The Poll Tax in the South

By Frederic D. Ogden | Go to book overview

7. REPEAL BY STATES--I

IN PRECEDING CHAPTERS, the poll tax has been examined as to its origins, its forms, its administration, its relation to political corruption, and its disfranchising effects. The remainder of this study is devoted to the movement to repeal the tax. This movement, especially the attempt to enact a national anti-poll tax bill, focused public attention upon the tax. Out of it came charges and counter charges about the tax and its political effects. Since the repeal movement has played so important a role in the recent history of the southern poll tax, the following chapters will consider this movement: (1) in those states where the tax has been abolished; (2) in those states retaining it as a suffrage requirement; and (3) in the national government.


NORTH CAROLINA

Poll tax repeal attracted little attention in the southern state where the tax was first removed as a voting requirement. When the voters of North Carolina decided in 1920 to abolish the tax, they did not vote separately on this question. Five amendments were presented, three in one group and two in another. Poll tax repeal was grouped with an amendment reducing the residence requirements for voting. The other amendments pertained to taxation; the most important one authorized an income tax. Although the two amendments applicable to the suffrage were separated from the strictly tax amendments, all amendments tended to be considered together. They were debated throughout the state but discussion was confined primarily to the merits or demerits of the income tax amendment.

-178-

Notes for this page

Add a new note
If you are trying to select text to create highlights or citations, remember that you must now click or tap on the first word, and then click or tap on the last word.
One moment ...
Default project is now your active project.
Project items

Items saved from this book

This book has been saved
Highlights (0)
Some of your highlights are legacy items.

Highlights saved before July 30, 2012 will not be displayed on their respective source pages.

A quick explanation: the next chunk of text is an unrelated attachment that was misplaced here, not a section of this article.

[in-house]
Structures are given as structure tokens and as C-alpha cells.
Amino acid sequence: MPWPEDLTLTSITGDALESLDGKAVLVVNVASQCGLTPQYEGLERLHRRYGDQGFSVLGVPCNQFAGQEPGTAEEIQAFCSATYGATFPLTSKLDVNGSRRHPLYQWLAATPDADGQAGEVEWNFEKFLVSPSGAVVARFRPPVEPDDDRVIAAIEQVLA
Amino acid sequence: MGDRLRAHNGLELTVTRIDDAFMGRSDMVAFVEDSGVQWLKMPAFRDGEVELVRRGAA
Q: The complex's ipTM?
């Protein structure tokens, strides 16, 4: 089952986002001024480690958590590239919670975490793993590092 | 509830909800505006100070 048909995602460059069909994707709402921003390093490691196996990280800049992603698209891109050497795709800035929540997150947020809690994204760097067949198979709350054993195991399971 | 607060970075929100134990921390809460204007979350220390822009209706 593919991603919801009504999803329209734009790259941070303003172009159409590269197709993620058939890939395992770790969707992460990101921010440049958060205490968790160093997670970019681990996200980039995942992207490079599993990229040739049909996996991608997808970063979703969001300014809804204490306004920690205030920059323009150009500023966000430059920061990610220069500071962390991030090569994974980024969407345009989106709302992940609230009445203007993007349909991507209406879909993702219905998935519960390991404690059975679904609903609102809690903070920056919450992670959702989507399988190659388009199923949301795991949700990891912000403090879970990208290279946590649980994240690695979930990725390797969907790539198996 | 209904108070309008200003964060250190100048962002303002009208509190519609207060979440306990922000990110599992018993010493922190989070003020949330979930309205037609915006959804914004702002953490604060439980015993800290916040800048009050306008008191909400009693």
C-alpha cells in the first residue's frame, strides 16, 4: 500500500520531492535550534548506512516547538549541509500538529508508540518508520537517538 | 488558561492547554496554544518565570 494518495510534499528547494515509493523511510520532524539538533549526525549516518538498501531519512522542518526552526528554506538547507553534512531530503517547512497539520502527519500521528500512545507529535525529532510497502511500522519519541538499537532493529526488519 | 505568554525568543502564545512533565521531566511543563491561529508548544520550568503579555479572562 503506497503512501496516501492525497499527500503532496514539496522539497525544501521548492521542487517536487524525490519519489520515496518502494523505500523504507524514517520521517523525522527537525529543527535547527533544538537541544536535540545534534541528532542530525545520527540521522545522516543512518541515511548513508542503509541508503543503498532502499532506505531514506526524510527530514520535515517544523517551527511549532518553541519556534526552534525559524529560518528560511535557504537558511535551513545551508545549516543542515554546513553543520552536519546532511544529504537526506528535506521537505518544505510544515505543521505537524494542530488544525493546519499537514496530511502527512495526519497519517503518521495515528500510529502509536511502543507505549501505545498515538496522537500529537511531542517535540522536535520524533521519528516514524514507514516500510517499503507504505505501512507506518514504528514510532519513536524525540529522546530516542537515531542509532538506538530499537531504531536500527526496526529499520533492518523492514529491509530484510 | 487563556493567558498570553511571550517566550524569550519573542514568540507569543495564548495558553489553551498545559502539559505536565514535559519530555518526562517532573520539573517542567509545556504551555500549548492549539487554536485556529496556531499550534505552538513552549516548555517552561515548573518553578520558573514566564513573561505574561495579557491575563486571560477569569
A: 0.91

You can easily re-create the highlights by opening the book page or article, selecting the text, and clicking “Highlight.”

Citations (0)
Some of your citations are legacy items.

Any citation created before July 30, 2012 will labeled as a “Cited page.” New citations will be saved as cited passages, pages or articles.

We also added the ability to view new citations from your projects or the book or article where you created them.

Notes (0)
Bookmarks (0)

You have no saved items from this book

Project items include:
  • Saved book/article
  • Highlights
  • Quotes/citations
  • Notes
  • Bookmarks
Notes
Cite this page

Cited page

Style
Citations are available only to our active members.
Sign up now to cite pages or passages in MLA, APA and Chicago citation styles.

(Einhorn, 1992, p. 25)

(Einhorn 25)

1

1. Lois J. Einhorn, Abraham Lincoln, the Orator: Penetrating the Lincoln Legend (Westport, CT: Greenwood Press, 1992), 25, http://www.questia.com/read/27419298.

Cited page

Bookmark this page
The Poll Tax in the South
Table of contents

Table of contents

  • Title Page iii
  • Preface vii
  • Contents ix
  • Tables xi
  • Figures xiii
  • 1. Roots I N Th E Past 1
  • 2. the Form of the Tax 32
  • 3. Administration of Poll Tax Collection 59
  • 4. the Poll Tax and Corruption in Elections 77
  • 5. Voting: Before and After Analyses 111
  • Conclusions 137
  • 6. Voting: Interstate and Intercounty Comparisons 139
  • 7. Repeal by States--I 178
  • 8. Repeal by States--Ii 201
  • 9. Repeal by Nation 241
  • 10. Conclusions 281
  • Index 291
Settings

Settings

Typeface
Text size Smaller Larger Reset View mode
Search within

Search within this book

Look up

Look up a word

  • Dictionary
  • Thesaurus
Please submit a word or phrase above.
Print this page

Print this page

Why can't I print more than one page at a time?

Full screen
/ 304

matching results for page

Cited passage

Style
Citations are available only to our active members.
Sign up now to cite pages or passages in MLA, APA and Chicago citation styles.

"Portraying himself as an honest, ordinary person helped Lincoln identify with his audiences." (Einhorn, 1992, p. 25).

"Portraying himself as an honest, ordinary person helped Lincoln identify with his audiences." (Einhorn 25)

"Portraying himself as an honest, ordinary person helped Lincoln identify with his audiences."1

1. Lois J. Einhorn, Abraham Lincoln, the Orator: Penetrating the Lincoln Legend (Westport, CT: Greenwood Press, 1992), 25, http://www.questia.com/read/27419298.

Cited passage

Thanks for trying Questia!

Please continue trying out our research tools, but please note, full functionality is available only to our active members.

Your work will be lost once you leave this Web page.

For full access in an ad-free environment, sign up now for a FREE, 1-day trial.

Already a member? Log in now.